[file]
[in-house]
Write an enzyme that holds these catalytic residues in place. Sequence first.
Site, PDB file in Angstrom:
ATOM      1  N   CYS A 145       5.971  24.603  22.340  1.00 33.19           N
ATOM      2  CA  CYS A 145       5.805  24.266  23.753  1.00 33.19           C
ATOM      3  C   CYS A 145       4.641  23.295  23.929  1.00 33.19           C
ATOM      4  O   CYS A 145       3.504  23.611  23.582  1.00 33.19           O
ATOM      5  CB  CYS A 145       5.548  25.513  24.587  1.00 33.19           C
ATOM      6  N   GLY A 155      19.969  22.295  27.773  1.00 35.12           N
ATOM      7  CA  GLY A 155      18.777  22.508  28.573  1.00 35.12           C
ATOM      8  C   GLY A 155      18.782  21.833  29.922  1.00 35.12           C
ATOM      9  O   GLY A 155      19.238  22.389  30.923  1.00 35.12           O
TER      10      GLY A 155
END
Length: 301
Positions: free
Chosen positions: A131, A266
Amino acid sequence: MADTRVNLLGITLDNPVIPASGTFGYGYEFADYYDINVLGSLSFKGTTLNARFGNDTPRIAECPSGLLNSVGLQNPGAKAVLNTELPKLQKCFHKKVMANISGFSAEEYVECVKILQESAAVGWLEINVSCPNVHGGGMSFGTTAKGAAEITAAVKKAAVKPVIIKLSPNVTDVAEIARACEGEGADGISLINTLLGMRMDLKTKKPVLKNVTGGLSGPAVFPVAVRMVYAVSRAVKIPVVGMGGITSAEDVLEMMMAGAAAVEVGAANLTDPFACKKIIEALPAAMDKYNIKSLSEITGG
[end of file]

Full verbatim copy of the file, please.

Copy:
[in-house]
Write an enzyme that holds these catalytic residues in place. Sequence first.
Site, PDB file in Angstrom:
ATOM      1  N   CYS A 145       5.971  24.603  22.340  1.00 33.19           N
ATOM      2  CA  CYS A 145       5.805  24.266  23.753  1.00 33.19           C
ATOM      3  C   CYS A 145       4.641  23.295  23.929  1.00 33.19           C
ATOM      4  O   CYS A 145       3.504  23.611  23.582  1.00 33.19           O
ATOM      5  CB  CYS A 145       5.548  25.513  24.587  1.00 33.19           C
ATOM      6  N   GLY A 155      19.969  22.295  27.773  1.00 35.12           N
ATOM      7  CA  GLY A 155      18.777  22.508  28.573  1.00 35.12           C
ATOM      8  C   GLY A 155      18.782  21.833  29.922  1.00 35.12           C
ATOM      9  O   GLY A 155      19.238  22.389  30.923  1.00 35.12           O
TER      10      GLY A 155
END
Length: 301
Positions: free
Chosen positions: A131, A266
Amino acid sequence: MADTRVNLLGITLDNPVIPASGTFGYGYEFADYYDINVLGSLSFKGTTLNARFGNDTPRIAECPSGLLNSVGLQNPGAKAVLNTELPKLQKCFHKKVMANISGFSAEEYVECVKILQESAAVGWLEINVSCPNVHGGGMSFGTTAKGAAEITAAVKKAAVKPVIIKLSPNVTDVAEIARACEGEGADGISLINTLLGMRMDLKTKKPVLKNVTGGLSGPAVFPVAVRMVYAVSRAVKIPVVGMGGITSAEDVLEMMMAGAAAVEVGAANLTDPFACKKIIEALPAAMDKYNIKSLSEITGG